Filmmaker, writer and professor Ricardo Becher likes extreme decisions, both in his life and his work. Now, with 80 years old, and living in a retirement home, he starts writing a book about his experience in the nursing home called The Final Stage.
Lipgot records the filmmaker’s present days and also revises his life, from his first short films, his collaboration with Torre Nilsson, and the essential Coup de Grâce (1969) –a censored film that defied its time– to the new movement Becher founded together with his students: digital neo-expressionism. Becher’s present is marked by his new relationship with his partner –dancer José Campitelli– and his meetings with friends, colleagues, and students; and this documentary, which avoids any funerary vision and celebrates the vitality, validity and heritage of a rebellious and liberating figure.
Script and direction: Tomás Lipgot
Production: Tomás Lipgot
Edition: Juan Marino Morduchowicz / Tomás Lipgot
Music: Luciano Nieto
Camera: Tomás Lipgot / Tomás Larrinaga
Sound Direction: Hernán Severino
Direct Sound: Rufino Basabilvaso
Sound Mix: Gerardo Kalmar
Image Postproduction: Esteban Perroud
Still Photo: Marina Di Raimondo
Production Meritorious: Sheila Rosmarín
Legal Advice: Estudio Raffo, Dirolli & Asociados
Accounting Advisory: Javier Foffani
Distribution: Cepa Audiovisulal SRL
Technical Data: Argentina, 2010. HD Video. 70 min.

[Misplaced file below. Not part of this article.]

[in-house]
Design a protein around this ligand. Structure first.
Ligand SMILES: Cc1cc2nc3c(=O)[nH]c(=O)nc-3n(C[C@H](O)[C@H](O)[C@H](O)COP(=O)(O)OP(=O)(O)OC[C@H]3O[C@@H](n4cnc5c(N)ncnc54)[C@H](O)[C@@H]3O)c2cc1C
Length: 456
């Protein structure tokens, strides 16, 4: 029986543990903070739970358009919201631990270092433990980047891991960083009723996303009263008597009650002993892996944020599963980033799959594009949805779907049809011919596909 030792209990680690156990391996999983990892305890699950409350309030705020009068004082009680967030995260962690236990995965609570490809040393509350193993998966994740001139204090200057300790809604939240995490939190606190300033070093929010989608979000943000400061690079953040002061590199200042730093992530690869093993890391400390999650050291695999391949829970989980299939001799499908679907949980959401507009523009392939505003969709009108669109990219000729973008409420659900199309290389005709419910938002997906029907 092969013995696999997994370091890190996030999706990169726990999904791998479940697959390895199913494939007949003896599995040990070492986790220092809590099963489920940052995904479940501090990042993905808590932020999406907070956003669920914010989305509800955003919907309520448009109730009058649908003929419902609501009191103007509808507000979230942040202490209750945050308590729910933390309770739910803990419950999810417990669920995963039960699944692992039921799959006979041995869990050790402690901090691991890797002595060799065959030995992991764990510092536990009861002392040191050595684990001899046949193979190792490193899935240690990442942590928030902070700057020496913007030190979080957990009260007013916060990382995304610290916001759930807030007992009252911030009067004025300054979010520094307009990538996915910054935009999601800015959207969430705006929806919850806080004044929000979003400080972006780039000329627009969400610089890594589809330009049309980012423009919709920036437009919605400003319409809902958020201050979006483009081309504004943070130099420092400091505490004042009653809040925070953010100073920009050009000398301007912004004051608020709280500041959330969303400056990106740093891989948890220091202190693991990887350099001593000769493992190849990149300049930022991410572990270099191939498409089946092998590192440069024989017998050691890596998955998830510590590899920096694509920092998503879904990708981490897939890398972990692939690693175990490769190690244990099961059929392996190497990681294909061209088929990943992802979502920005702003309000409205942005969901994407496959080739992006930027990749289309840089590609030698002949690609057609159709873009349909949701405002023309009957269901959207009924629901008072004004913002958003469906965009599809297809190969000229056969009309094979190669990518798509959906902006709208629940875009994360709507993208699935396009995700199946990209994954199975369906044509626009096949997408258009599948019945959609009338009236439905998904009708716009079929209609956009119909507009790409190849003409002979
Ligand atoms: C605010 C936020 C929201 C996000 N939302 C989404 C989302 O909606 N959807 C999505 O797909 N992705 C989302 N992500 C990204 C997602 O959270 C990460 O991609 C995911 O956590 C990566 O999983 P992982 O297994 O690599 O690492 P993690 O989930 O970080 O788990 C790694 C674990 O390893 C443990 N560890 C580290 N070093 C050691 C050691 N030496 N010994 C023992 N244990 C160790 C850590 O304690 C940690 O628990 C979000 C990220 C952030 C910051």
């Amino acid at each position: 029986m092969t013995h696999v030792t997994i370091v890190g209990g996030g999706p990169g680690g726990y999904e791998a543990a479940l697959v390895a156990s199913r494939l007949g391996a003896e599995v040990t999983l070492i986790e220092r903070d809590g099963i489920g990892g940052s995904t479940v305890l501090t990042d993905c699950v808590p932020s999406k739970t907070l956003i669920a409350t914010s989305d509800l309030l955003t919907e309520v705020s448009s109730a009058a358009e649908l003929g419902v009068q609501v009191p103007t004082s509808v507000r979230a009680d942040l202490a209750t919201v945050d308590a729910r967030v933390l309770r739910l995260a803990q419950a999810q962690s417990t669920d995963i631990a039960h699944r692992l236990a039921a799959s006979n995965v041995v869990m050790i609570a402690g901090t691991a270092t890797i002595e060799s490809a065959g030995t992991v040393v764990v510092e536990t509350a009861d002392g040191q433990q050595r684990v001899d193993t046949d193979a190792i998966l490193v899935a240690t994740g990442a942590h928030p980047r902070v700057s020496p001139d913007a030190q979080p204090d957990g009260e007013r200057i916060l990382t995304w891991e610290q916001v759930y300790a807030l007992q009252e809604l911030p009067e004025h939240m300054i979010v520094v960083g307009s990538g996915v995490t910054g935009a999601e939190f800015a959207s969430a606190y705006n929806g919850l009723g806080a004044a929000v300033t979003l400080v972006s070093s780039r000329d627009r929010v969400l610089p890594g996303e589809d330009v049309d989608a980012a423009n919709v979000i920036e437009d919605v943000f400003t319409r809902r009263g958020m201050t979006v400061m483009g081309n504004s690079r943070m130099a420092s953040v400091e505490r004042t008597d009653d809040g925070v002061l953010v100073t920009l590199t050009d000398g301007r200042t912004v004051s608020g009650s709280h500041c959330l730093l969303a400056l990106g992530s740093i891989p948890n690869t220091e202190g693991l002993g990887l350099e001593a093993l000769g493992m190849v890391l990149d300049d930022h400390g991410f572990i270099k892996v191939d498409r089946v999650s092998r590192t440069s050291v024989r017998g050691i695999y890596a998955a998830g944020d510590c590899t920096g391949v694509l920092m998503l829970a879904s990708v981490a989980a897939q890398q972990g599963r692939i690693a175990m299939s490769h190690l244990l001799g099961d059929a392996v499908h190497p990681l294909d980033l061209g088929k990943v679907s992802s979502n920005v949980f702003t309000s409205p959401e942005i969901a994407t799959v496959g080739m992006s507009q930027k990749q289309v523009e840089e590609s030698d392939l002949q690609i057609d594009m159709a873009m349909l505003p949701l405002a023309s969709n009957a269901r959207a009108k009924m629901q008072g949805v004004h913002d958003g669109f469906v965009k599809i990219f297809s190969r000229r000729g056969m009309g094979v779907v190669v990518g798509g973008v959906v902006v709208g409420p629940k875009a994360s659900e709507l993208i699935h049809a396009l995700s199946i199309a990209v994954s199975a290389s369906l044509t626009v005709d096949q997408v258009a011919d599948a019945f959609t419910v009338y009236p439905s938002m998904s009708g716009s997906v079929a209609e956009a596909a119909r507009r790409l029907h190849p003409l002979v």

Produced by Duermevela with the support of the National Institute of Cinema and Audiovisual Arts (INCAA)
The Final Stage, Tom Lipgot’s documentary inspired by my novel with the same name, is more an honor than a prize, a tribute I’m not sure I deserve.
The Final Stage is the climax in my career as a film maker, where I fulfilled every role, from second assistant director –in charge of the clacker- to assistant, screenwriter, editor, documentary maker, short and long film director and finally teacher and theoretician. Lipgot, by including the most representative fragments of my work, which I had the opportunity to choose, in The Final Stage, and interviewing those who have been related to me in some way or another: actors, colleagues, producers, critics, collaborators and disciples, allowed me to express the essence of my concept of cinema and register it, almost as a testament.
I give my most sincere thanks to everyone who accompanied me and made my work and this documentary possible.
The Final Stage is my way to thank Ricardo Becher for the teachings -more vital than technical – he’s passed on to me.
I met him at the University of Cinema where he taught Directing II and III. We were instant friends, but it took some years for me to consider him a teacher. There are few people -like Becher- willing to make way for the expansion and nurturing of someone else’s mind. The contemporary human being seems doomed in the destruction of themselves and the people surrounding them.
When I visited him at the geriatric where he’s living -after a while of not seeing him- I found him active in the writing of his novel, The Final Stage, and so transcending the human decadence that surrounds him. When I told him about my idea of making this documentary, I let him know that one of the central themes would be death. »Death, Tommy, the most mysterious of journeys», he answered with the glowing eyes of someone who’s open to the unknown.
Fortunately, The Final Stage is not a movie about death.